Dateline NBC visits Opelika as start-up space expands
By Alison James
Round House opened on South Railroad Avenue in January. This week saw a major expansion that represents growth “leaps and bounds beyond what we envisioned,” according to founders Kyle Sandler and Chris George.
The start-up space has expanded across town, retaining the original location for the accelerator that will begin in May and moving the co-working and incubator aspects of the business to 216 S. Eighth Street, in the building that most recently housed Resurrect Antiques.
“We quickly got to capacity,” Sandler explained. “We’ve had a lot of attention. People like what we’re doing.”
Attention grew after a recent USA Today piece revealing the Round House’s association with John McAfee, anti-virus and cyber-security guru, who has joined the company to work on applications promoting smartphone and social media security as part of the Future Tense Central incubator.
Round House will surely gain even more exposure after a visit from Dateline NBC this week. Dateline reporters interviewed John McAfee at Round House Wednesday; the segment is set to air Thursday.
Sandler said they grew concerned about the potential problems of housing the accelerator and the co-working spaces and incubator all under one roof. With an aim to give the companies in the accelerator plenty of space to work and learn, as well provide a better, undisturbed atmosphere for the co-workers and incubator companies, the expansion to place in the space of a couple of days.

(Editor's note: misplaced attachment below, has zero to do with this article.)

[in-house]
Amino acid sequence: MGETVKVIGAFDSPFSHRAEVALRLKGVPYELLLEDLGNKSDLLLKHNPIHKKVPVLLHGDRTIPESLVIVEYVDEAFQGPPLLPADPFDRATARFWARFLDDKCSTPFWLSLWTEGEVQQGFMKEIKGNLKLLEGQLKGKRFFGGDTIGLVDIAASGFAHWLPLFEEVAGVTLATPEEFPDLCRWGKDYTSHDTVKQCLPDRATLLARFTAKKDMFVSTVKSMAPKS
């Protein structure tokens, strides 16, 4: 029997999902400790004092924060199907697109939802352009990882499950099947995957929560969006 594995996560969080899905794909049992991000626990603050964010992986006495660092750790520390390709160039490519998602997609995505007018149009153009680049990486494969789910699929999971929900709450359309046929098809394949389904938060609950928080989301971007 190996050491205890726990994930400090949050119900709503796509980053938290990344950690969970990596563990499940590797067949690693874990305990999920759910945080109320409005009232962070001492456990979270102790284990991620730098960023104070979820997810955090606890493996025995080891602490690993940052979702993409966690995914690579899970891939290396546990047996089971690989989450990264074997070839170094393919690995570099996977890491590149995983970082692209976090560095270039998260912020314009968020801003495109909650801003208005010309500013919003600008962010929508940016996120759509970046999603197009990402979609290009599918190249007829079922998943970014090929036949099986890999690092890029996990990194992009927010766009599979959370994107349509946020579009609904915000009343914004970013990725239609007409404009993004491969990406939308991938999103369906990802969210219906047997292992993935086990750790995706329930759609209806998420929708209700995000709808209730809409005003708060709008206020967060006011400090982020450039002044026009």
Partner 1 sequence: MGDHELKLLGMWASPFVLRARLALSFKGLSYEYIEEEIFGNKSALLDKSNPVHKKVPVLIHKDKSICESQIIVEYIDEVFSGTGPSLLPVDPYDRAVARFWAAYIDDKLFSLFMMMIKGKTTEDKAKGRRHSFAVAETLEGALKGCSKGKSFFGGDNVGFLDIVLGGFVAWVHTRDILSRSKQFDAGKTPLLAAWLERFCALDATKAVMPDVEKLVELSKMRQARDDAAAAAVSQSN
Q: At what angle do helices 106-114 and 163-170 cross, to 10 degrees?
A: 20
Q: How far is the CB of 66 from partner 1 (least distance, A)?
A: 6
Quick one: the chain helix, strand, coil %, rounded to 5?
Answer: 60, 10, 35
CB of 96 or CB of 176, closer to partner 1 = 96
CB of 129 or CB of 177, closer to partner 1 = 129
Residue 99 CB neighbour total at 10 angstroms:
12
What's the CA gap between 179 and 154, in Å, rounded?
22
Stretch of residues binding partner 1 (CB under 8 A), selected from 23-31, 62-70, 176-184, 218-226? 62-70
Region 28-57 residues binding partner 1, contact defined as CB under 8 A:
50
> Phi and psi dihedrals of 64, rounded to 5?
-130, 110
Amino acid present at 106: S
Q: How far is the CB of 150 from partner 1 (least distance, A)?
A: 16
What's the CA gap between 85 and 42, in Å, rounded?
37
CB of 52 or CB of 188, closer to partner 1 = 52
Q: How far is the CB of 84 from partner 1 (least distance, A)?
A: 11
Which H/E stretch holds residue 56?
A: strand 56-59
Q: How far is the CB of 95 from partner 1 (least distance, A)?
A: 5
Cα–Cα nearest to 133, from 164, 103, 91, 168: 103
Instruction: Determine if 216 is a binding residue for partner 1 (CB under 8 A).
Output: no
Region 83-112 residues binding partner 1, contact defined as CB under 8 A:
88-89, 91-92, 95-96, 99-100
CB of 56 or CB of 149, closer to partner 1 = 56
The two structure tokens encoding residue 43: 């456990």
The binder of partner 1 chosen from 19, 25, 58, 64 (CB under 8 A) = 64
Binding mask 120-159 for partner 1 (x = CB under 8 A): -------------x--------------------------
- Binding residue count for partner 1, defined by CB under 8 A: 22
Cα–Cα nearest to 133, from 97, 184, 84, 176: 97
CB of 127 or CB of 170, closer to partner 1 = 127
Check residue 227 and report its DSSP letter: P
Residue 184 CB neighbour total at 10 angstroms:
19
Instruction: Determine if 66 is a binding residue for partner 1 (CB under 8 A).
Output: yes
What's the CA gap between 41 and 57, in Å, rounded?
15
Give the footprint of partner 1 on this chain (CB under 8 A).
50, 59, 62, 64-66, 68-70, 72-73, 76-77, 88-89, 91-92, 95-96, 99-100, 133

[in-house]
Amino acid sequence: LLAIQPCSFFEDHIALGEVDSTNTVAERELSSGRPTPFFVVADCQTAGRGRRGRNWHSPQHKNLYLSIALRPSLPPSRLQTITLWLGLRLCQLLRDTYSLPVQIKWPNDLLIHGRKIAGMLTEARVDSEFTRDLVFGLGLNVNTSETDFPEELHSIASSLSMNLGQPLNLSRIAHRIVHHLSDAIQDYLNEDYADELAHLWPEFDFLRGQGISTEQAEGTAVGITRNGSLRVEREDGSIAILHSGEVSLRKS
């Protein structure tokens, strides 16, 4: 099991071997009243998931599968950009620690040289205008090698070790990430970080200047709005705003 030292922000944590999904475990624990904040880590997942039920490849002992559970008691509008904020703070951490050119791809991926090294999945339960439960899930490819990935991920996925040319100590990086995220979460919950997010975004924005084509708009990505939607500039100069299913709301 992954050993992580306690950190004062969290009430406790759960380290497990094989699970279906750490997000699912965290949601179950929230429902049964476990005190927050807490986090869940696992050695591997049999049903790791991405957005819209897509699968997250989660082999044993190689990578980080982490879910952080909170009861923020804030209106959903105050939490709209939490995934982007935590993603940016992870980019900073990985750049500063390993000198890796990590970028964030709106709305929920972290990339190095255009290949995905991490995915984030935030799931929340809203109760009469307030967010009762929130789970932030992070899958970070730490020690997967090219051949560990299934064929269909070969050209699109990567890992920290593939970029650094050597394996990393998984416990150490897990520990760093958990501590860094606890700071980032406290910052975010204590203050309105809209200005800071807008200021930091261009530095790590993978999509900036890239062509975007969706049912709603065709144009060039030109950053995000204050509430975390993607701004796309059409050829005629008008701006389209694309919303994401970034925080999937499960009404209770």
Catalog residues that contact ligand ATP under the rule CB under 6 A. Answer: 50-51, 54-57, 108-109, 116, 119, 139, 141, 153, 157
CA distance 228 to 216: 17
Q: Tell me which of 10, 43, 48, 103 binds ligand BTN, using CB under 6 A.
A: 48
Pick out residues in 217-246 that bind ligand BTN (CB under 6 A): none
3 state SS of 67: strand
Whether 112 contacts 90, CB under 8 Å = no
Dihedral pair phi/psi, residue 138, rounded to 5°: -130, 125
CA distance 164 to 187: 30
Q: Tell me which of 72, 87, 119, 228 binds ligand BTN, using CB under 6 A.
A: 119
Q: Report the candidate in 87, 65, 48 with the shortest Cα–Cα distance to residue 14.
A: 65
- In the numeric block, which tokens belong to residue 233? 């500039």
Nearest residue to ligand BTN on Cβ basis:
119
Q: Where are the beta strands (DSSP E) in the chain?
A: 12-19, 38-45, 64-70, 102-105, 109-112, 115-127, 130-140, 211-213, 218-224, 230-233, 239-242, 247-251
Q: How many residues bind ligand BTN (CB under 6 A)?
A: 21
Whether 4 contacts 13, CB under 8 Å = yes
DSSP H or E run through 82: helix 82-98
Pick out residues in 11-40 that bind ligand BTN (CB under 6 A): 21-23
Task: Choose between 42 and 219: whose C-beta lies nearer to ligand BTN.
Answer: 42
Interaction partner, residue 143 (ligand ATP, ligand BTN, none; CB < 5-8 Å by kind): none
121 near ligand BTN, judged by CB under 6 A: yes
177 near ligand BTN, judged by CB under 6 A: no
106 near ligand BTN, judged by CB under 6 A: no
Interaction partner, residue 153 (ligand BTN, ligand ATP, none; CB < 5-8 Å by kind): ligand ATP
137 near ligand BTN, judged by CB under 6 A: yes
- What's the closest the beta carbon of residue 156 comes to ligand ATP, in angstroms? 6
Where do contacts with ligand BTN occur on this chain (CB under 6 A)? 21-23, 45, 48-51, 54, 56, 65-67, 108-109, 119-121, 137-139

The original space will be renamed Locomotive by the Round House and will be one of the only start-up accelerators in the company that boasts its own space. The new location, open and airy, features offices spaces and the co-working lab, as well as a special room just for students in Opelika’s Young Entrepreneurs Academy.
“You don’t really know until you get started what you’re going to need sometimes,” said George. “I think we realized fairly quickly we were going to need more space to accommodate the growth.”
The accelerator is Round House’s major focus locally, with the application period closing at the end of March. Slots are available for six eager start-ups, and Round House has received about 30 applications so far. The companies that are chosen will come work and learn in the accelerator; they will receive an investment from Round House to cover their living expenses and to use to grow their business, and Round House, in return, will receive equity in the company. The program will wrap up with a presentation to investors, and then companies that choose to stay in the area for an extended period will receive additional monetary incentive in return for further equity. Professors from Auburn University and the University of Tennessee will help create the curriculum, and the start-up participants will “be able to have their heads down and work,” Sandler said.
“When we partnered at the beginning, we knew the incubator would be temporary in our space, and we knew we would expand fast,” said Richard Patton, who, along with Allison Kovak
and others, has worked to prepare the space where Round House began. “(The expansion) is a great thing that happend – sooner than we expected.
“We have to get the accelrator ready for the guys coming,” he continued. “We’ve got to upgrade some things, get all the furniture and desks in and really get this space ready.”
A lot of preparation is going into the accelerator on Sandler and George’s end as well – scheduling meetings, speakers and workshops and working out affordable rentals for living accommodations for participants. “It’s like planning entrepreneurial summer camp,” Sandler said.